The Tern Link B7 rides great, folds and unfolds quickly (in the same manner as our top pick, the Dahon Mariner D8), and has a forged aluminum crank and a decent-quality seven-speed Shimano rear derailleur and shifters, all for a price that’s on a par with that of cheaper bikes built with no-name components. What’s missing are a rear rack and fenders (available for purchase separately from Tern). This model also has a slightly larger all-around footprint than the Mariner D8.
Not all e-bikes take the form of conventional push-bikes with an incorporated motor, such as the Cytronex bicycles which use a small battery disguised as a water bottle.[44][45] Some are designed to take the appearance of low capacity motorcycles, but smaller in size and consisting of an electric motor rather than a petrol engine. For example, the Sakura e-bike incorporates a 200 W motor found on standard e-bikes, but also includes plastic cladding, front and rear lights, and a speedometer. It is styled as a modern moped, and is often mistaken for one.[citation needed]
Your embark is more than a bike – it's a healthy alternative to traffic, hills, parking and sweat. 65% of riders use their eBike to replace their car. 66% said that they preferred an eBike because of hilly terrain near work or home. Nearly 75% rode their eBike to different destinations than their standard bike. The Embark brings your destinations closer and expands your world - all with simplicity and reliability.

Founded in 1962 by Alex Moulton, a key member of the Mini design team, Moulton has been honing its pylon-style “spaceframe” since 1977. Fast forward to 2018 and its stiff, strong frame and handsome geometry still looks utterly unique. Disclaimer: this bike doesn’t actually fold, but Moultons can be dismantled into two stowable pieces within a minute, thanks to a central “kingpin”, making it suitable for car boots and train journeys. Alfine 11-speed internal hub gearing, narrow 20in tyres, a rear disc brake, Brooks titanium saddle and Deda Speciale classic drop handlebars further boost its urban credentials. And if you really want to stand out from the crowd, there’s also the ultra-specced Moulton Speed Unique: only 30 models have been produced – but with a price tag of £14,995, it costs the same as a family car.
MIT graduate David Montague launched his folding-bike business in 1987 and counts the US Marines among its previous clients. The Massachusetts-based company offers a wide range of full-sized folders, but we went for this entry-level model for its stripped-back simplicity. The smart choice for commuters with longer journeys to the station (or those who simply have issues with smaller bikes), the 10.8-kilogram Boston comes in 17- or 19-inch frame options, with 700c alloy wheels, which allow for steady, speedy riding over medium distances. The folding system – essentially a bi-fold but for full-sized bikes – does a great job crunching the size down to a reasonable 90cm x 48cm x 30cm for stowing on trains or car boots, but the front wheel needs to be removed – albeit via a quick-release system – which delays the process by a few seconds.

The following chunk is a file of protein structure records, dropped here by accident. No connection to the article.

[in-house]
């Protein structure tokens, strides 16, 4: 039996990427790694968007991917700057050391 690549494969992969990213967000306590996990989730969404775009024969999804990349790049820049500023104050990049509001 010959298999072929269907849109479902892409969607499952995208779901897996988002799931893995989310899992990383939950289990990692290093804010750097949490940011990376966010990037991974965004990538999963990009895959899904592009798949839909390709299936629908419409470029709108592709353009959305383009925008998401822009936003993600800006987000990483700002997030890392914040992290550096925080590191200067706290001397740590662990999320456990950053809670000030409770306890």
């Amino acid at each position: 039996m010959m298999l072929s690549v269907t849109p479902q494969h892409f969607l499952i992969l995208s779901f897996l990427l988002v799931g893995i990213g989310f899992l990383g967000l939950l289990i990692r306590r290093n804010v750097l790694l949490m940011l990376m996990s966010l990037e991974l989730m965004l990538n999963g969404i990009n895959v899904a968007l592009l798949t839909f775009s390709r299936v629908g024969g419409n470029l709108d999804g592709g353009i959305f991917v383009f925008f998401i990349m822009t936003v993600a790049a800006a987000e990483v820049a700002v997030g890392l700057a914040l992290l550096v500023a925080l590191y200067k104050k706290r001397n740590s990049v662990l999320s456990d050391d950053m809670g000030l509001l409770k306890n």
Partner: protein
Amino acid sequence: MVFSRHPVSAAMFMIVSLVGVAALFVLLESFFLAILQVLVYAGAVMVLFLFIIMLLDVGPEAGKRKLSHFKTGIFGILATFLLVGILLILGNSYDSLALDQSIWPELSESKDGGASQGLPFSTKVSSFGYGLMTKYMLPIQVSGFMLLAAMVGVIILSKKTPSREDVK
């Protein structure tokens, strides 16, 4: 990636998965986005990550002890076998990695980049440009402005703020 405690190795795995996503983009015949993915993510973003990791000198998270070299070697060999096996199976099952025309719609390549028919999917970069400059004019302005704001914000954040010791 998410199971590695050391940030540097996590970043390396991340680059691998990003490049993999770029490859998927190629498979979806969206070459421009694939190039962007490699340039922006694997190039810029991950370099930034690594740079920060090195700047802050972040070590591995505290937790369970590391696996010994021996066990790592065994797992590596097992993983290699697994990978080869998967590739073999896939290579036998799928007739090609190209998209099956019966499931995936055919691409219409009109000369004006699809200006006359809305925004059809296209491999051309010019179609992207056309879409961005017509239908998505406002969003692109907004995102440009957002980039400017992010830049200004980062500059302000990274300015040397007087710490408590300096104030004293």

The other standout feature is the front luggage system, which allows you to clip a number of well-designed bags from Brompton and other makers to the front of the bike; the bags can even hang out there (albeit a bit awkwardly) when the bike is folded. (This last feature, which allows you to roll the bike when it’s half-folded and use it as a shopping cart, works better if you have Brompton’s basket bag attached, rather than a touring-style bag.) We’ll look more closely at both Tern’s and Dahon’s front-carrier options for a future update.
"I never lock my Brompton. I just fold it and carry it with me. I have several bikes, and at 24 lbs my Brompton is the lightest bike I've got! I take it in its sack on the Long Island Railroad and everybody assumes its just a large soft-sided attache case. The bike is quite nimble but is not the fastest two wheeler on the street. I wouldn't want to ride it to Chicago but its great for errands around town and the trip between Penn Station and Wall Street or for a leisurely trip from my home on Long Island to anywhere within 25 miles or so."
The two most common types of hub motors used in electric bicycles are brushed and brushless. Many configurations are available, varying in cost and complexity; direct-drive and geared motor units are both used. An electric power-assist system may be added to almost any pedal cycle using chain drive, belt drive, hub motors or friction drive. BLDC hub motors are a common modern design. The motor is built into the wheel hub itself, and the stator fixed solidly to the axle, and the magnets attached to and rotating with the wheel. The bicycle wheel hub is the motor. The power levels of motors used are influenced by available legal categories and are often, but not always limited to under 750 watts.

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The size, when folded, lands in the middle of the field, narrow enough to fit through subway turnstiles and compact enough to avoid getting too many annoyed looks on an elevator. Its 28-pound weight is average (news flash: none of these bikes are really very light), and this model is rated for riders up to 230 pounds. The handlebars both pivot and telescope to accommodate riders of different heights (from 4-foot-9 to 6-foot-3) or riders who simply prefer a more upright position.